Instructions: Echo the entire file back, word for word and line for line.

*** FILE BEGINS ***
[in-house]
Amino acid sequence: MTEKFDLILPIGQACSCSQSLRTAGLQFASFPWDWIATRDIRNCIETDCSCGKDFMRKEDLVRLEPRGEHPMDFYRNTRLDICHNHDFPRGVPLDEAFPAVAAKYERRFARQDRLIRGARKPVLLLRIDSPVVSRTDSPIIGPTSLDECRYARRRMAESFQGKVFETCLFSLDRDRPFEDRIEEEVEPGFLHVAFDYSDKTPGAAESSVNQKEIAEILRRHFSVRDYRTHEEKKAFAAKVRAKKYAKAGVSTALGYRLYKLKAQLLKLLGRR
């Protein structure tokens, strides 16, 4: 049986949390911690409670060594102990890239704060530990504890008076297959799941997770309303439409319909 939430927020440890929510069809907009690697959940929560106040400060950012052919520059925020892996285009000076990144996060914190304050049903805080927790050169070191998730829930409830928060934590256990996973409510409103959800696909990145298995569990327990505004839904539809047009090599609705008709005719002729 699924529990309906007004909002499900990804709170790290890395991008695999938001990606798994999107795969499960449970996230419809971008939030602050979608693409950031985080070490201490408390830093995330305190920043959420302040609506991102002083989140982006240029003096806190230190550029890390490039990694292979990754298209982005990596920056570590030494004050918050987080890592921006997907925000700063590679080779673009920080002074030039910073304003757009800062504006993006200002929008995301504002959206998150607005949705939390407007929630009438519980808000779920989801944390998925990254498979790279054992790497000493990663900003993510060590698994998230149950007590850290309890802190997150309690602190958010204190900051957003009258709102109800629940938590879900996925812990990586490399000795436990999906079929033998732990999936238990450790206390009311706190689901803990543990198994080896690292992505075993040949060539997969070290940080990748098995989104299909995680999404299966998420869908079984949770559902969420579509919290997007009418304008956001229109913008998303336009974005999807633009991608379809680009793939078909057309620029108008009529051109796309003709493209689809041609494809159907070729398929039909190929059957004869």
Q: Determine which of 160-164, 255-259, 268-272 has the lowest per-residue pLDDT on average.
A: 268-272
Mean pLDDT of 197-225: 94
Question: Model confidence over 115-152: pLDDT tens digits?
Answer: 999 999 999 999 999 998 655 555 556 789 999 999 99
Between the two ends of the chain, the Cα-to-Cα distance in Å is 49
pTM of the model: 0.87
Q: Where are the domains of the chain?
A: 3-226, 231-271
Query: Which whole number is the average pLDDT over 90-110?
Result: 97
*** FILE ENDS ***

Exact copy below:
[in-house]
Amino acid sequence: MTEKFDLILPIGQACSCSQSLRTAGLQFASFPWDWIATRDIRNCIETDCSCGKDFMRKEDLVRLEPRGEHPMDFYRNTRLDICHNHDFPRGVPLDEAFPAVAAKYERRFARQDRLIRGARKPVLLLRIDSPVVSRTDSPIIGPTSLDECRYARRRMAESFQGKVFETCLFSLDRDRPFEDRIEEEVEPGFLHVAFDYSDKTPGAAESSVNQKEIAEILRRHFSVRDYRTHEEKKAFAAKVRAKKYAKAGVSTALGYRLYKLKAQLLKLLGRR
């Protein structure tokens, strides 16, 4: 049986949390911690409670060594102990890239704060530990504890008076297959799941997770309303439409319909 939430927020440890929510069809907009690697959940929560106040400060950012052919520059925020892996285009000076990144996060914190304050049903805080927790050169070191998730829930409830928060934590256990996973409510409103959800696909990145298995569990327990505004839904539809047009090599609705008709005719002729 699924529990309906007004909002499900990804709170790290890395991008695999938001990606798994999107795969499960449970996230419809971008939030602050979608693409950031985080070490201490408390830093995330305190920043959420302040609506991102002083989140982006240029003096806190230190550029890390490039990694292979990754298209982005990596920056570590030494004050918050987080890592921006997907925000700063590679080779673009920080002074030039910073304003757009800062504006993006200002929008995301504002959206998150607005949705939390407007929630009438519980808000779920989801944390998925990254498979790279054992790497000493990663900003993510060590698994998230149950007590850290309890802190997150309690602190958010204190900051957003009258709102109800629940938590879900996925812990990586490399000795436990999906079929033998732990999936238990450790206390009311706190689901803990543990198994080896690292992505075993040949060539997969070290940080990748098995989104299909995680999404299966998420869908079984949770559902969420579509919290997007009418304008956001229109913008998303336009974005999807633009991608379809680009793939078909057309620029108008009529051109796309003709493209689809041609494809159907070729398929039909190929059957004869």
Q: Determine which of 160-164, 255-259, 268-272 has the lowest per-residue pLDDT on average.
A: 268-272
Mean pLDDT of 197-225: 94
Question: Model confidence over 115-152: pLDDT tens digits?
Answer: 999 999 999 999 999 998 655 555 556 789 999 999 99
Between the two ends of the chain, the Cα-to-Cα distance in Å is 49
pTM of the model: 0.87
Q: Where are the domains of the chain?
A: 3-226, 231-271
Query: Which whole number is the average pLDDT over 90-110?
Result: 97